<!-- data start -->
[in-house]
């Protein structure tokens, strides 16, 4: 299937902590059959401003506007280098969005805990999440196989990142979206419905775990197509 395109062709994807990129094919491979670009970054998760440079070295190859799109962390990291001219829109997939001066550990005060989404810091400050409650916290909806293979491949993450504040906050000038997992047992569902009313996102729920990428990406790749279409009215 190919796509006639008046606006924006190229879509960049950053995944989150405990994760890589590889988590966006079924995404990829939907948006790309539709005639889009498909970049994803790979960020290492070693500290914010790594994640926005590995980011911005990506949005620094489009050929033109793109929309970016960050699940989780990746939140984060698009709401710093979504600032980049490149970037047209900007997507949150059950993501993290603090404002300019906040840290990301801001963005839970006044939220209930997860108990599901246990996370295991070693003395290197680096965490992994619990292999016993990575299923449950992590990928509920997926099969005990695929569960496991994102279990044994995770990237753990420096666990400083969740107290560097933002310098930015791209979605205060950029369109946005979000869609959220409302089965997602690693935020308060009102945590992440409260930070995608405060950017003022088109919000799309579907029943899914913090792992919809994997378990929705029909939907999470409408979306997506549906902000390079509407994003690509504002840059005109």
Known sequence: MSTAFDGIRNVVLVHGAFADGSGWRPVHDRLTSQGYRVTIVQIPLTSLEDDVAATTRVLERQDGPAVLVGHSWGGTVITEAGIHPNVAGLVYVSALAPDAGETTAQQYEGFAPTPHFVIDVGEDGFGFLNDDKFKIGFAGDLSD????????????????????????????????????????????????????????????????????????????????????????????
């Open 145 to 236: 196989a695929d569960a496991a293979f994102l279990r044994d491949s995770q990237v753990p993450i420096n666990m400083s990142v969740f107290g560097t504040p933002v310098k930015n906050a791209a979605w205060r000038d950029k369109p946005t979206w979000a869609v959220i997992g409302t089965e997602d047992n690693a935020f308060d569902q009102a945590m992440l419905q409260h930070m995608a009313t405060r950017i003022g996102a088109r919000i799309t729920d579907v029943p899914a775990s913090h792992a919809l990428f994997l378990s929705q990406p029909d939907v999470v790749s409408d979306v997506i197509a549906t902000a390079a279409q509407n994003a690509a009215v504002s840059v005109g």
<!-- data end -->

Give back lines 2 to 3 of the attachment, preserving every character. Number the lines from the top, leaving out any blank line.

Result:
């Protein structure tokens, strides 16, 4: 299937902590059959401003506007280098969005805990999440196989990142979206419905775990197509 395109062709994807990129094919491979670009970054998760440079070295190859799109962390990291001219829109997939001066550990005060989404810091400050409650916290909806293979491949993450504040906050000038997992047992569902009313996102729920990428990406790749279409009215 190919796509006639008046606006924006190229879509960049950053995944989150405990994760890589590889988590966006079924995404990829939907948006790309539709005639889009498909970049994803790979960020290492070693500290914010790594994640926005590995980011911005990506949005620094489009050929033109793109929309970016960050699940989780990746939140984060698009709401710093979504600032980049490149970037047209900007997507949150059950993501993290603090404002300019906040840290990301801001963005839970006044939220209930997860108990599901246990996370295991070693003395290197680096965490992994619990292999016993990575299923449950992590990928509920997926099969005990695929569960496991994102279990044994995770990237753990420096666990400083969740107290560097933002310098930015791209979605205060950029369109946005979000869609959220409302089965997602690693935020308060009102945590992440409260930070995608405060950017003022088109919000799309579907029943899914913090792992919809994997378990929705029909939907999470409408979306997506549906902000390079509407994003690509504002840059005109």
Known sequence: MSTAFDGIRNVVLVHGAFADGSGWRPVHDRLTSQGYRVTIVQIPLTSLEDDVAATTRVLERQDGPAVLVGHSWGGTVITEAGIHPNVAGLVYVSALAPDAGETTAQQYEGFAPTPHFVIDVGEDGFGFLNDDKFKIGFAGDLSD????????????????????????????????????????????????????????????????????????????????????????????